Construct a title page. Your manuscript's title page should have your name, address, phone number, and email address listed as four separate lines in the upper left-hand corner of your title page—the same way you would list your contact info in a business letter. Then drop one-third down the page and set your auto-indentation to "center." Type your manuscript's title, "GRAPES OF WRATH," (ALL CAPS—no quotes!) in the center, then hit "enter" twice. Type "BY" (ALL CAPS—no quotes!). Hit "enter" twice more. Then type your name "JOHN STEINBECK" (ALL CAPS—no quotes!). Voila, you've got a professional manuscript title page. Don't forget to put "WORD COUNT: 85,000" in the upper-right hand corner (Again, ALL CAPS—no quotes!)

Then, send your partial off with a cover letter, reminding the agent that she requested a partial of your work. Include a copy of her original request. Mark your address label with the tag “REQUESTED MATERIALS,” so it won’t get sucked into the slush pile abyss. Send it priority with confirmation. Don’t call or email her to make sure she got it okay. That’s the oldest trick in the book. Just breathe and wait.

How long does it take a literary agent to respond to my snail mail query? Partial manuscript? Full manuscript?

For snail mail queries, average is two weeks to a month. Some bigger agencies are bombarded and it may take several months. But we don’t consider this the norm.

For partials, 50 pages or less, the average is one to two months. Yes, two months. Just for a partial. So simmer down chickpea. Sit on your hands and wait another month before you make that chipper, but eagerly desperate “just checking up” phone call or email.

For full manuscripts, the average is anywhere between one month to four months. Two to four months is typical. If you’re not a patient person, become one. If you haven’t heard anything from the agent in four months, shoot them a quick email, inquiring about its status. Unfortunately, in our experience, most agents ignore follow-ups from writers, so be prepared for silence. Agents will respond when they have time to respond. When they’ve read your full manuscript, they will let you know.

Is it okay to “simultaneously submit” to literary agents?

Simultaneously submitting to agents means you’re querying more than one agent at a time. And yes, you must simultaneously submit QUERIES, or you’ll never get anywhere. However, we do recommend that you pace yourself by sending queries out in batches. No more than ten or so. As you receive rejections and acceptances, you’ll also receive feedback, wanted or unwanted, warranted or not. You may find yourself revising your work, revising your query, or simply revising your search. Although we have hundreds of agents in our database, there are a finite number of agents who will be interested in representing your genre of book. Meter out your queries, and be sure to send your best work out into the world. Inevitably, your best work will evolve through revision and review—so don’t burn up all your options from the get-go by sending out forty queries in the first round. Instead, send out bunches of ten queries every two to three weeks.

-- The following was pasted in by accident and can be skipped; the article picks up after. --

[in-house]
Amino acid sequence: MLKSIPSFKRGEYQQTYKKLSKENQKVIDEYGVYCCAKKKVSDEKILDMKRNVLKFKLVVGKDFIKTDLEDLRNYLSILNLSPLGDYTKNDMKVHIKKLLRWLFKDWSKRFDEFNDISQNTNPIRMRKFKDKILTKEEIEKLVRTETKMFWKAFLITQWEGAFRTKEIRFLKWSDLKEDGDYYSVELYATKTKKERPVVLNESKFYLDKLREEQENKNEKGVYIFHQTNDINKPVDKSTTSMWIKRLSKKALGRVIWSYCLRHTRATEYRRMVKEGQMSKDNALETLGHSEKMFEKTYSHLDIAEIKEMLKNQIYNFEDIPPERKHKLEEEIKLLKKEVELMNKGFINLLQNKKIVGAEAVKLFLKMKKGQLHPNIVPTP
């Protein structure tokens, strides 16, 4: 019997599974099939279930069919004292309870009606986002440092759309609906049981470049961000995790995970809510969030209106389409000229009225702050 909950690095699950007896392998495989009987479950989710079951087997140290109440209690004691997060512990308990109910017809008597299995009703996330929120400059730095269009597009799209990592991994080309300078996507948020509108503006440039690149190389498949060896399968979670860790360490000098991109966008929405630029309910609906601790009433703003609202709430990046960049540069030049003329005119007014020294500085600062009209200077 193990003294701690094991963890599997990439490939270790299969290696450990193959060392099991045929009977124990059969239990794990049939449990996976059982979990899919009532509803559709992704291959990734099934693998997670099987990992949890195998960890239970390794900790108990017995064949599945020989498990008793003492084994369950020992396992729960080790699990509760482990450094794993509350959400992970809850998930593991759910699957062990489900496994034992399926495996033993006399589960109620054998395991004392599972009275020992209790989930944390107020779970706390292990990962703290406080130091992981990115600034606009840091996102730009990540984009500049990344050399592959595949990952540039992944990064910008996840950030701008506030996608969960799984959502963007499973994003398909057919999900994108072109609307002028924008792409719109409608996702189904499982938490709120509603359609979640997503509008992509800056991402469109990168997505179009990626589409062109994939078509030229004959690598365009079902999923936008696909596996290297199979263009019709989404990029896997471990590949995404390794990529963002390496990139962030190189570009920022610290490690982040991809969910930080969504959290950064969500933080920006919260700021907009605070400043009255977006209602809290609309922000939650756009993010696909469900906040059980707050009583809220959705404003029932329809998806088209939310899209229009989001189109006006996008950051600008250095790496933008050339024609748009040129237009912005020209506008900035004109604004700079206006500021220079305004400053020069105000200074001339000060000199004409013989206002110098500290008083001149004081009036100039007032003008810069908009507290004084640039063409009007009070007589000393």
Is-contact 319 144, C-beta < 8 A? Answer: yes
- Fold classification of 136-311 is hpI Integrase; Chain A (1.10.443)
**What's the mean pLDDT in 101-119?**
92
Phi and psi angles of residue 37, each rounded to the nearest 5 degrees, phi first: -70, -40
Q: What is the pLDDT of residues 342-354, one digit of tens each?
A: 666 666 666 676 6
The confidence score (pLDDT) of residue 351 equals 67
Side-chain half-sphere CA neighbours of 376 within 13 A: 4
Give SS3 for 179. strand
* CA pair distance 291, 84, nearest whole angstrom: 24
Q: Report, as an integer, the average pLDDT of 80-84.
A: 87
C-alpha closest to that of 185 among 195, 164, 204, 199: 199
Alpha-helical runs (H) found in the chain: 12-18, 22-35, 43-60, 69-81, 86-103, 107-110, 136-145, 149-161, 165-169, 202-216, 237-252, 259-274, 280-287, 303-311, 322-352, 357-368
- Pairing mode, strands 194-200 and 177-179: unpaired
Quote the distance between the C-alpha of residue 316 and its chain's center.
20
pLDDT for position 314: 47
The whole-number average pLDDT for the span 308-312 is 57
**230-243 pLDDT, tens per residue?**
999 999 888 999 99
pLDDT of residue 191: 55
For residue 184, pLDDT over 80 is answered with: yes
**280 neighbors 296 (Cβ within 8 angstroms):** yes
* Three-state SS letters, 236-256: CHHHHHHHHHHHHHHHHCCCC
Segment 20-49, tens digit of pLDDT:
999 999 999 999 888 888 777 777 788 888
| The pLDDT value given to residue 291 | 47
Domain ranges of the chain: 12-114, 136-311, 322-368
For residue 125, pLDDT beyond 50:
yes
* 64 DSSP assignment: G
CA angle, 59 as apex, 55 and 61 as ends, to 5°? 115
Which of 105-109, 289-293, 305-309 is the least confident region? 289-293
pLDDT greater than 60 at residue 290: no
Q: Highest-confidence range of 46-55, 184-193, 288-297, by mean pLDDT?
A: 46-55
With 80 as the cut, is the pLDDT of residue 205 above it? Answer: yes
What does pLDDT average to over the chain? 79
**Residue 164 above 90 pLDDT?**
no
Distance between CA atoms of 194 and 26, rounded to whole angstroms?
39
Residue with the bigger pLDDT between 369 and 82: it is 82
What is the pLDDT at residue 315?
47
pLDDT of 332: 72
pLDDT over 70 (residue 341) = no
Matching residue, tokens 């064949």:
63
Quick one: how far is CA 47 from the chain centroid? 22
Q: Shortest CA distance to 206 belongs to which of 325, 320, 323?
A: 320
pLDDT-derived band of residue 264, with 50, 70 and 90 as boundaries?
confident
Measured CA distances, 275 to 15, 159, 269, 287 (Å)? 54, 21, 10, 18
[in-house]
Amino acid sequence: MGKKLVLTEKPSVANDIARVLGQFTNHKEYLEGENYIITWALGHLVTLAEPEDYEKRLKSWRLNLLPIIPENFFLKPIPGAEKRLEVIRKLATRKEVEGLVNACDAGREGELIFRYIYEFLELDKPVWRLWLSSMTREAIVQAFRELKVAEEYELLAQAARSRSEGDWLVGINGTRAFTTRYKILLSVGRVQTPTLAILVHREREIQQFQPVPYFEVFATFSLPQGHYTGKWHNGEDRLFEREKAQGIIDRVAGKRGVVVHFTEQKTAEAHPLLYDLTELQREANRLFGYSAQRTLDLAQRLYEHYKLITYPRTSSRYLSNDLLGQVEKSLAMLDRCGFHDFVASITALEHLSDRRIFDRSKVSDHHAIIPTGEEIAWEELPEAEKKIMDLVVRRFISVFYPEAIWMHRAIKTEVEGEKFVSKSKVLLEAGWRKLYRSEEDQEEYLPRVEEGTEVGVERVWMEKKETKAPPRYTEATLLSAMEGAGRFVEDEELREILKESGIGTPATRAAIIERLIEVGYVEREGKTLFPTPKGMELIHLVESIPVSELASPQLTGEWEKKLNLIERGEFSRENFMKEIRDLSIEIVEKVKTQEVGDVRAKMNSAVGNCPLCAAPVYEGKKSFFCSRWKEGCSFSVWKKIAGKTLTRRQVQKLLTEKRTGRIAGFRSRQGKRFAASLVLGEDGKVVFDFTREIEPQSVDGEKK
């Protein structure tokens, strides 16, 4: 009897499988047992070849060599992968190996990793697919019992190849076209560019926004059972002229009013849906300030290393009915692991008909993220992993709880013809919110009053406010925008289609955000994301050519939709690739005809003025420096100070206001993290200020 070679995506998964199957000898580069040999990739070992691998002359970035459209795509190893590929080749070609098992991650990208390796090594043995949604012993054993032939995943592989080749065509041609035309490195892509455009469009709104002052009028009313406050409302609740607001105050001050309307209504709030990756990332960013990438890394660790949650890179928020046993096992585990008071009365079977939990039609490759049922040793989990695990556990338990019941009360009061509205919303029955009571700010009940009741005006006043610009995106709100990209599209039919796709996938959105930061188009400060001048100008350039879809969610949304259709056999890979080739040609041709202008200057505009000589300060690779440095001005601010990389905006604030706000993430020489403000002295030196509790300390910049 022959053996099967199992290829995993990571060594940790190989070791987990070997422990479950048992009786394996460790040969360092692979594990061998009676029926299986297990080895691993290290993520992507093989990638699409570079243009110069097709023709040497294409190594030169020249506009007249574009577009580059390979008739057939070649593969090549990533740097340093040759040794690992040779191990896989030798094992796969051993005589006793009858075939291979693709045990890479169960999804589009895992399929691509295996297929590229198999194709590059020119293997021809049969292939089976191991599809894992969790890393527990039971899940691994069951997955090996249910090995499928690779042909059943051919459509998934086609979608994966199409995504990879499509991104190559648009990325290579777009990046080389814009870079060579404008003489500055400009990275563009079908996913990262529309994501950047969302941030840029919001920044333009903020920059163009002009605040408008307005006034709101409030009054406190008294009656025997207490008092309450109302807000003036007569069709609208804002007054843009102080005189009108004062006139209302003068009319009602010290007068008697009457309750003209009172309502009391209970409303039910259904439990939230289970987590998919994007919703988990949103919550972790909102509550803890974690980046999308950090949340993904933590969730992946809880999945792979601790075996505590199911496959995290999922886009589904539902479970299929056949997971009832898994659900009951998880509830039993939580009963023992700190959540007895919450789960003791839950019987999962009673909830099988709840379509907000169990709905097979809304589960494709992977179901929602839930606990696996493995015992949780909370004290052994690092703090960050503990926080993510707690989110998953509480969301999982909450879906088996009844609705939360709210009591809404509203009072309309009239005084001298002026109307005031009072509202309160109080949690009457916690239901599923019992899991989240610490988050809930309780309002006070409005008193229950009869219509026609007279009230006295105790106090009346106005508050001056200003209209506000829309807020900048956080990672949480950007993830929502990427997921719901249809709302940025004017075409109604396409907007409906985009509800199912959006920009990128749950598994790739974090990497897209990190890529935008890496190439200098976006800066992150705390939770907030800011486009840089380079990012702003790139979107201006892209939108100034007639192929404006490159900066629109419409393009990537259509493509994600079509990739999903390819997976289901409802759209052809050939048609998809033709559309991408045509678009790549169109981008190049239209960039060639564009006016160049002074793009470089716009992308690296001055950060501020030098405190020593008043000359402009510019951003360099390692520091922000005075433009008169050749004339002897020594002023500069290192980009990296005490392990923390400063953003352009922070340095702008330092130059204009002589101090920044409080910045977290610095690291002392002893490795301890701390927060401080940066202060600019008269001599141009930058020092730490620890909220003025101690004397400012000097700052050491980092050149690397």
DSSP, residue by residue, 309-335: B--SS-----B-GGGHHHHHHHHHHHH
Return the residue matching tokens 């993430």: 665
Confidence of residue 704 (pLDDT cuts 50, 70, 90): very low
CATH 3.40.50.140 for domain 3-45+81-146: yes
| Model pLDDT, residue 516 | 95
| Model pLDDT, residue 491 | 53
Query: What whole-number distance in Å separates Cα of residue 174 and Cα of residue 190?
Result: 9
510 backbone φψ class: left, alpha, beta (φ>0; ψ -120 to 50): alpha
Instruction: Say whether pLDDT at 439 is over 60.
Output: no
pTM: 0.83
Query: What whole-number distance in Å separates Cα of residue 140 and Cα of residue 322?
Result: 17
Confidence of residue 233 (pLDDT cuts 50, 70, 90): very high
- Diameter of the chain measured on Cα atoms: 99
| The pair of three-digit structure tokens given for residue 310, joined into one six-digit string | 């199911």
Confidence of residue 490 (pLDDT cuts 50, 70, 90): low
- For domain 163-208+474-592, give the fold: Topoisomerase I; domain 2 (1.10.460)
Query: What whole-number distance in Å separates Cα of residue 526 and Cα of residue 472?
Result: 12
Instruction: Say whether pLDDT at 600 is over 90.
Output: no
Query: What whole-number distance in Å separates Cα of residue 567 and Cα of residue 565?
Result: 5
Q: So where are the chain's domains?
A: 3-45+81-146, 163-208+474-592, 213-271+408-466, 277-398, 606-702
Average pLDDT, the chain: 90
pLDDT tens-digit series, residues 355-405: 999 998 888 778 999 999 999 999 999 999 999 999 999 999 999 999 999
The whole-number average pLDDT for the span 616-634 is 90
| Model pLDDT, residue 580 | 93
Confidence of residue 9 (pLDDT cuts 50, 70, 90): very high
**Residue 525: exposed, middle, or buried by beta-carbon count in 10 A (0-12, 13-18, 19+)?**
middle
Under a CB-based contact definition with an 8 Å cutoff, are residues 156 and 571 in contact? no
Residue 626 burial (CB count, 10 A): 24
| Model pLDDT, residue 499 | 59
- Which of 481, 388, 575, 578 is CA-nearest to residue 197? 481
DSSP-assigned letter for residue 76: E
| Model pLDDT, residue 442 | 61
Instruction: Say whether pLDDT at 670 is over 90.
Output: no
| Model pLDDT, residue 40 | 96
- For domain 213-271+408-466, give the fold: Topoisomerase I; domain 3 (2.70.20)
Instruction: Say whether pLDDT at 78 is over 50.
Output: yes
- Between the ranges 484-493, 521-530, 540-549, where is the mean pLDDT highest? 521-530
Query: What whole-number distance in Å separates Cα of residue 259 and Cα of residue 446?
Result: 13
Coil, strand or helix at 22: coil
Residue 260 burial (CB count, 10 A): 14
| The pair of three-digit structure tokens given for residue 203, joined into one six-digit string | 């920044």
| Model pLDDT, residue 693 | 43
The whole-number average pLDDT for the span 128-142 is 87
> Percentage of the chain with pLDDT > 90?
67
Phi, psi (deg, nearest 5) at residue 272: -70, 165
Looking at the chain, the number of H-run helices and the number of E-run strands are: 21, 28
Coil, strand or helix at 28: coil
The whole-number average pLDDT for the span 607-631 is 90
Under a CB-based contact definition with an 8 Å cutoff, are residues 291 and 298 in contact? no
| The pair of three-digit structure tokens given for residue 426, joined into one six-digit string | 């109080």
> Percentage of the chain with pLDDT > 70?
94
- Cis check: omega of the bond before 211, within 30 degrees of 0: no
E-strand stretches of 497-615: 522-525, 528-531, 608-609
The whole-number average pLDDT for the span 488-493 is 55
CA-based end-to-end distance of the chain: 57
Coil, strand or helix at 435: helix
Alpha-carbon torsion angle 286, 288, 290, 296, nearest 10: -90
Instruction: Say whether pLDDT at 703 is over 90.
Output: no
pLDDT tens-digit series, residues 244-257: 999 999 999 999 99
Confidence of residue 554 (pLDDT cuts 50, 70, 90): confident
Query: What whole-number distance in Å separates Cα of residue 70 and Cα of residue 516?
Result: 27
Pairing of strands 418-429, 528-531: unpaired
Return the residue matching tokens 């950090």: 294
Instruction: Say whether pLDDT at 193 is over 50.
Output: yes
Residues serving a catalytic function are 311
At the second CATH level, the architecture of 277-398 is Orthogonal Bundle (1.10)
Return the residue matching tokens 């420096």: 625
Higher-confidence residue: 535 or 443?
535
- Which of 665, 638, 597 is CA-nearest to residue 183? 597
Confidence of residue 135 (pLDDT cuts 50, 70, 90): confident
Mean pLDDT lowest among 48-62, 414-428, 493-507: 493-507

Can I query two literary agents in the same agency?

Unless an agency specifically says you can NOT query different agents in the same agency, then we say “yes”. But DON’T query multiple agents in the same agency at the same time. Query one agent first and wait for a response. If the first agent is a no-go, wait a few weeks, then query a second agent in the same agency.

A literary agent wants an “exclusive.” Should I grant it?

Once an agent expresses interest in your writing, she may request an exclusive read of your partial or full manuscript. This means you promise to stop shopping your manuscript around to other agents while Ms. Exclusive Agent takes two to four months to read your work and decide whether or not she wants to offer representation. Exclusives are very disadvantageous to the writer, but often writers cave in and grant them, especially if Ms. Exclusive Agent is considered a top-tier mover and shaker.

Our opinion? Be honest, upfront, professional, and discerning. Handle each request for an exclusive as it comes, and don’t offer an exclusive without being directly asked for it. In general, we don’t recommend offering exclusives on partials. But if you must offer an exclusive on a partial, cap it at two weeks. If you grant an exclusive on your full manuscript, only offer it for four to six weeks. No more. And if you do grant an exclusive, honor it. Your future reputation is at stake.

By the way, if you don’t offer exclusives and multiple agents are reading your partial or full manuscript at the same time, be sure to follow basic rules of professionalism. If you are offered representation and accept it, be sure to alert via email any agents who still are considering your manuscript that you’ve accepted representation elsewhere. Otherwise, you contribute to the “exclusive vicious cycle,” and encourage more agents to ask for exclusives because they’ve been burned by writers like you in the past.